By Marty Finley

As discussions of budget cuts and hiring freezes drift over the landscape of state-funded Kentucky campuses, tuition increases are becoming a greater possibility?especially if the worst-case scenario, a 12-percent cut from university budgets, becomes a reality. At Eastern, the senior administration is giving careful thought to tuitions concerns as it plans ways to reduce spending without harming academic quality, said Debbie Newsom, vice president of financial affairs.

Originally, the Council for Postsecondary Education, or CPE, submitted a plan for a 10-percent increase in higher education funding from the state over two years.

But, as of Dec. 20, the universities and colleges were notified there would be a 3-percent reduction instead, Newsom said.

In addition to the immediate concerns of meeting the 3-percent budget cut, Eastern must look at other avenues?namely tuition and how it will be affected, Newsom said.

CPE had originally expected a tuition increase of 6 percent, in accordance with the 10-percent increase of appropriations. Now that the appropriations have been reduced, plans will likely change.

State appropriations and tuition are the university’s main sources of funding, and Newsom said universities have to do what is necessary to sustain operations.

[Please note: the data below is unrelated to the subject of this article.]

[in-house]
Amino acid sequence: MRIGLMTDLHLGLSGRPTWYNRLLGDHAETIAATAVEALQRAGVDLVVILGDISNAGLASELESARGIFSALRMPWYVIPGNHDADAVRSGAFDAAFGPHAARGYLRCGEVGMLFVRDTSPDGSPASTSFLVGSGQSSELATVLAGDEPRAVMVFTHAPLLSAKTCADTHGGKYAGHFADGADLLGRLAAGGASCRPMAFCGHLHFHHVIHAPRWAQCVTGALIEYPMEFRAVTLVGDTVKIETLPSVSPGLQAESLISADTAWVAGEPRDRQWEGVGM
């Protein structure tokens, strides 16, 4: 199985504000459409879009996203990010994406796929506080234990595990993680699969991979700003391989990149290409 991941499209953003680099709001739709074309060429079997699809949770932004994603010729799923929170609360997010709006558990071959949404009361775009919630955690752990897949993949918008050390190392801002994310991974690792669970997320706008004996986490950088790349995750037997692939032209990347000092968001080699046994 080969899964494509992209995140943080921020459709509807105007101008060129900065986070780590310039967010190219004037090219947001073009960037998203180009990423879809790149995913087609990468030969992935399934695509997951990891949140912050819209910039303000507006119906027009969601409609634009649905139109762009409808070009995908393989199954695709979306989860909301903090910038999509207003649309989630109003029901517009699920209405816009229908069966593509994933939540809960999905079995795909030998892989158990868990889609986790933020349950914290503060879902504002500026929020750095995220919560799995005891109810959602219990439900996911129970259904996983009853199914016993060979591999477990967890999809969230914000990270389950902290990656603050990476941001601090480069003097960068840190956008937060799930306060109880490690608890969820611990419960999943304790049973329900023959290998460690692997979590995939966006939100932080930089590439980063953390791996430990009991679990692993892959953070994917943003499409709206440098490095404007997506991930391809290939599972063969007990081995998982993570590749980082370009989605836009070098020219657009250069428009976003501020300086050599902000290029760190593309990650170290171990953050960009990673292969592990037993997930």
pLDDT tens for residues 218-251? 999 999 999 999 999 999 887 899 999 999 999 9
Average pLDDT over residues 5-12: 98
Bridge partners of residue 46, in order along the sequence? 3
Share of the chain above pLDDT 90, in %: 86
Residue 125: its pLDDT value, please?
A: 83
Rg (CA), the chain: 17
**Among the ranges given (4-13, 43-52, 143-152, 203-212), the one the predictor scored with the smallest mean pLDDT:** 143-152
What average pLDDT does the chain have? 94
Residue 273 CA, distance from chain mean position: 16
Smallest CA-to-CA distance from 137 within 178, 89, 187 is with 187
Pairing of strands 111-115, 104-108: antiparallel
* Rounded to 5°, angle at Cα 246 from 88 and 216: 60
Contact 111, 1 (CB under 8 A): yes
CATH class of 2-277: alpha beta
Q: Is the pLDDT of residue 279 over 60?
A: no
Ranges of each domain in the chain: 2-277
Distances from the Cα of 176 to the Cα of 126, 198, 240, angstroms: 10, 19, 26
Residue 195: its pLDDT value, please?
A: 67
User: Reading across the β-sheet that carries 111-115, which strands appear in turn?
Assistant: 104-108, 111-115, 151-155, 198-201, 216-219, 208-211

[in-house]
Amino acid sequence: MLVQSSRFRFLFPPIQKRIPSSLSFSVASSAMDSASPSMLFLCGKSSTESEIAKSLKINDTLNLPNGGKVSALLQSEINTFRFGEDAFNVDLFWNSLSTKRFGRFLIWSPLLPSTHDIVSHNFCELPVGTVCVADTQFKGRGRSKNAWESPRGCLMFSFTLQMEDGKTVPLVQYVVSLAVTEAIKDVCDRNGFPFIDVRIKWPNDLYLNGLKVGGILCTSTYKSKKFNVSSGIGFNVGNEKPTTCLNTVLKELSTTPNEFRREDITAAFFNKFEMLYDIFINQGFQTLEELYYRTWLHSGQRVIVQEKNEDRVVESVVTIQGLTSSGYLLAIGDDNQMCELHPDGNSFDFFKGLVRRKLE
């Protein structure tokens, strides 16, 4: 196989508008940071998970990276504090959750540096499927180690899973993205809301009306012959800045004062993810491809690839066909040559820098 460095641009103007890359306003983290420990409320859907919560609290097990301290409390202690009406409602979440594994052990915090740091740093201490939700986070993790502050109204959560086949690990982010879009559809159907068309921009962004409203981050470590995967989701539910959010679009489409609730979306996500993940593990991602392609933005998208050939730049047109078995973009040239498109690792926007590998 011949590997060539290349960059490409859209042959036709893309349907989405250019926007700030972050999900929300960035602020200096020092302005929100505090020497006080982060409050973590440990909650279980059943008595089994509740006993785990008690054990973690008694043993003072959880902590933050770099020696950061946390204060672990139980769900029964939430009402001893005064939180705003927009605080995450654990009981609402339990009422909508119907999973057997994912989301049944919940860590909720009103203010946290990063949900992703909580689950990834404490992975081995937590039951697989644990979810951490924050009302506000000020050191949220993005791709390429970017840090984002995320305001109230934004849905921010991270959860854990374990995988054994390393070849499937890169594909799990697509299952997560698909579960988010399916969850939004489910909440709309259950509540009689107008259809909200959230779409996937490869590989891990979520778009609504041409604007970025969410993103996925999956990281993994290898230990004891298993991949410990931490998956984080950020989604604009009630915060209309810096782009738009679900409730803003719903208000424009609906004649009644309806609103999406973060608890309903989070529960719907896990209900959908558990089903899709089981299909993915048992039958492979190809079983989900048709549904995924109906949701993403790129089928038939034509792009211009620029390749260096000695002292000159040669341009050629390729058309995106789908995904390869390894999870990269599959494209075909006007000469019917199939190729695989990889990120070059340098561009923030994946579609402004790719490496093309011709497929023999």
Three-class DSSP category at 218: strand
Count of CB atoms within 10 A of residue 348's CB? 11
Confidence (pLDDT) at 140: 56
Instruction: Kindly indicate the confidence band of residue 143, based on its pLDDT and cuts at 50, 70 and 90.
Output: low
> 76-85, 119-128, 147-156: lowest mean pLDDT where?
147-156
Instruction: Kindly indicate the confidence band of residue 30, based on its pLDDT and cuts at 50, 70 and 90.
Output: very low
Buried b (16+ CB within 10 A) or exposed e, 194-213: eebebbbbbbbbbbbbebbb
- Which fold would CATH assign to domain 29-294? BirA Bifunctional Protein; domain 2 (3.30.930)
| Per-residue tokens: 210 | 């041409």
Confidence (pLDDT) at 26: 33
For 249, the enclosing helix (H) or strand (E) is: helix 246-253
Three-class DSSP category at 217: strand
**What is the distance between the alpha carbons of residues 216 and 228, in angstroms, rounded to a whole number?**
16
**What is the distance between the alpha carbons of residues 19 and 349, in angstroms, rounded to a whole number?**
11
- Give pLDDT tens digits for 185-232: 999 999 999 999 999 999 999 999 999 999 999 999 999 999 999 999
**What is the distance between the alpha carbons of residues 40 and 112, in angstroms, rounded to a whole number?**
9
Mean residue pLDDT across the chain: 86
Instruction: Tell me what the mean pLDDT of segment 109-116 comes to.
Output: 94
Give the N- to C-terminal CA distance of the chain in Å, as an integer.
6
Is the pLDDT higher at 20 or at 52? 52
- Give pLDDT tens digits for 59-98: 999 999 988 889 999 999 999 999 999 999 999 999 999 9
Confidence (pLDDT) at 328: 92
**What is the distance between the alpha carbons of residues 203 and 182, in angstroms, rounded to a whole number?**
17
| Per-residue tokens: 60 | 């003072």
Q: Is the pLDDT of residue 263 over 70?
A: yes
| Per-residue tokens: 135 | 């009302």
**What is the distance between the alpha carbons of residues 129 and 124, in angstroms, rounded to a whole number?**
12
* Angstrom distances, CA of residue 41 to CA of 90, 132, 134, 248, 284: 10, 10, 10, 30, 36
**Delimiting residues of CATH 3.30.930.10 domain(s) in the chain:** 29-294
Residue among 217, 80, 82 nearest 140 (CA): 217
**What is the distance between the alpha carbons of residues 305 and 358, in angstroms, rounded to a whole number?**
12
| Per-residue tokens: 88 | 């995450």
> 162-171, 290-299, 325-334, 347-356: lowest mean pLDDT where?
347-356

State appropriations once prominently stood as the primary source of funding for universities, but as tuition has risen and the needs of the universities have grown, it has taken a backseat.

According to the 2001-2002 budget, student tuition funds totaled more than $38.5 million, while state appropriations brought in almost $75 million.

By comparison, the 2008 budget shows tuition revenues reaching nearly $94 million, while state appropriations make up almost $84 million. The 12-percent reduction, coupled with the current 3-percent reductions, would put state appropriations under $75 million, Newsom said.

Despite the shift, the money is spent accordingly, she said.

“There is no frivolous spending,” she said.

For instance, salaries and benefits have risen considerably since 2002, and financial aid offered by the university has nearly tripled from the $7 million offered in the 2001-2002 budget, she said. This money does not take into account Pell grants and loans, she added.

“Students get hung up on the tuition piece, without looking at how much financial aid offsets that,” Newsom said.

And Newsom said that, while tuition prices continue to rise, Eastern still has lower rates than schools like Northern and Western Kentucky University, hovering at a middle level.

“That’s kind of been our target to be at that mid-level, while greatly increasing our financial aid,” she said.

The university does not know what will happen as of now, but Newsom said tuition will rise if the additional cuts come.

However, she said the university will not increase tuition immediately, but will instead look for the best way to implement the raise.

In addition, Eastern President Doug Whitlock said financial aid will try to offset any additional increases. He said the office cannot help everyone, but they would do as much as possible.

“Nothing will be done where we feel like we are pricing the students out of the market,” Newsom said.